Moonshine in the mountains

Sunday, August 10th, 2014

Moonshine in the mountains

Being somewhat ahead of schedule, we decided to spend a few days high in the mountains with Slavik's extended family. Maria, Ivan, Vasily and Vanya decamp to the high mountain pastures in May and remain there until September with about 80 cows.

Their daily routine is a hard one of early morning milking, evening milking and in between producing salty and bitter Brinza cheese. If the weather in the valleys is hot and humid, high up in the mountains, you feel very exposed to the elements. It is cooler up here and the skies crackle and rumble with thunder, lightening. Thick fog descends rapidly and is burnt away equally rapidly by the fierce sun. Nights are cold. Washing is in cold mountains streams and there is a very strong feeling that you are sharing this environment with the deer, bears and (luckily for us) timid wolves that inhabit the surrounding woodland and although you sometimes catch a fleeting glance of them, they are probably watching you all the time.

The mountains are full of blueberries, bilberries and the woods are full of such a variety of mushrooms that Robert, Slavik, Andriy and I collected several bagfuls in an hour. Luckily, Slavik was on hand to throw away the toadstools I had proudly collected before Maria served the best of the mushrooms in freshly skimmed cream and friend onion on a steaming pot of Mamaliga (Ukrainian Polenta cooked in cream). Far from town, we tuck into steaming plates of fresh yeast pancakes, painted with melted honey served with the bluest and blackest of blueberries mixed cold with sugar and the freshest of sour cream, "vareniki" stuffed with meat and served in fresh melted butter. All good food for the mountains rides, such as the ride to a far off watch-tower perched among swirling winds and constructed long ago by the Austo-Hungarians to keep an eye on their Eastern borders.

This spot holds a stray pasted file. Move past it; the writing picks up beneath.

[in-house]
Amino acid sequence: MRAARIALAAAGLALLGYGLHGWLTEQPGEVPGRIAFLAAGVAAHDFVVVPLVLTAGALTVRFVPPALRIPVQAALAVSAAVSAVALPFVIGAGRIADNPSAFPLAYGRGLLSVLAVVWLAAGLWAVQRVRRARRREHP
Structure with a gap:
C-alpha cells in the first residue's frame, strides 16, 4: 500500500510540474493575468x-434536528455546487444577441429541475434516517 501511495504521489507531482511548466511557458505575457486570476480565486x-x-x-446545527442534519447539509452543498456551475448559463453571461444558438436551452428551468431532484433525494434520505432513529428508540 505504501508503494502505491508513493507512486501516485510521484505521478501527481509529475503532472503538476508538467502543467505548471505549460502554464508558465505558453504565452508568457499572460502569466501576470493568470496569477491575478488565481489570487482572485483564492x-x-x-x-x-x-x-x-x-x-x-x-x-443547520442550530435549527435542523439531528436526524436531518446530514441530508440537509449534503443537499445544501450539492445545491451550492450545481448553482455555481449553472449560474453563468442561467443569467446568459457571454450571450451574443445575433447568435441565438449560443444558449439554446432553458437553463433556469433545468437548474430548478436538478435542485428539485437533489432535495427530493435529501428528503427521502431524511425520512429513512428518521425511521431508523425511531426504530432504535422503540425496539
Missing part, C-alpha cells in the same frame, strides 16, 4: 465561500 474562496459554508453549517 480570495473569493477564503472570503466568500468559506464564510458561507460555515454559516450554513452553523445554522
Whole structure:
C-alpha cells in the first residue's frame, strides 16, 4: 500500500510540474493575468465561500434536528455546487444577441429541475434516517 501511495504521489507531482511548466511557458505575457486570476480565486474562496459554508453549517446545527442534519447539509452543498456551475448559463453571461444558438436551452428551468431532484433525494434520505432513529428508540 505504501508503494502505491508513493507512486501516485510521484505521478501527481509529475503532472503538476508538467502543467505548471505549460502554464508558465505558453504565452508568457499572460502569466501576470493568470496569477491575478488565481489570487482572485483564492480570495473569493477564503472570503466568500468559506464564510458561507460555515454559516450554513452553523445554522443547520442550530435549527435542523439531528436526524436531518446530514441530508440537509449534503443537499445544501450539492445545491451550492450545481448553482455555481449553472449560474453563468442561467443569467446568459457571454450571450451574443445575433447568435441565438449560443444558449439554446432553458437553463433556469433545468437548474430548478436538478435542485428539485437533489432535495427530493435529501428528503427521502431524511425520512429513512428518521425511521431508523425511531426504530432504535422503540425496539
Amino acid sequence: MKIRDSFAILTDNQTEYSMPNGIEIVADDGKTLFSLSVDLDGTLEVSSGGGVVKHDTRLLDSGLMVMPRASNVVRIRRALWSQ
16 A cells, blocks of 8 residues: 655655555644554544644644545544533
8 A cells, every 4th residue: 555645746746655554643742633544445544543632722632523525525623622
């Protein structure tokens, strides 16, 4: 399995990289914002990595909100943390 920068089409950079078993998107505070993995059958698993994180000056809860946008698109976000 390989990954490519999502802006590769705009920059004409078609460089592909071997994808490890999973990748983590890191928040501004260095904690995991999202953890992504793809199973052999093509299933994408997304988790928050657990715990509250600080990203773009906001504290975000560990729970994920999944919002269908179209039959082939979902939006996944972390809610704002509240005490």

Maria makes cheese in dairy at the back of the hut as if conducting a Pagan ritual. She lights the carefully arranged fire with one match as Ivan and Vasily pour pails of fresh milk into Lime wood barrels. More milk is poured into a large black cauldron and while the milk is heating, Maria produces a large glass jar full of salted calves stomachs from under a bench. This contains the magic elixir to turn base milk into golden cheese. The air fills with acrid smoke and as we sit on a low bench to avoid the worst of the smoke, Maria levers a large cauldron over the fire to heat the milk and stirs with a large wooden spoon. More steam as the hot milk is mixed with the still warm milk in the wooden barrels.

The curds are left to drip in the warm, milky, smoky dairy for a few days before being delivered down to the town to be sold by Nadia, Slavik's grandmother in the local market. Nothing is wasted and the whey is sluiced along wooden halfpipes to ever plumper pigs that squeal with delight and then fight as to who gets to drink most of this warm buttery liquid.

The routine continues until the first snows of September, when the family decamp to the relative hustle and bustle of a cottage with no running water or road, 5 km outside Verkhovyna.

When the wind abates, the stillness and silence of the mountains is almost alarming at times, and yet the days fly by with reading, chatting, singing (I must learn some more songs) and no night (or even morning) in these mountains would be complete without a shot of powerful moonshine, flavoured with roots, moss and crocus stamens dug up and plucked from the hills by Slavik. These fiery brews warm one to the core and put a spring in the step of cool morning rides and fuel nights of jokes and songs before returning to the darkness to find that all elusive tent...

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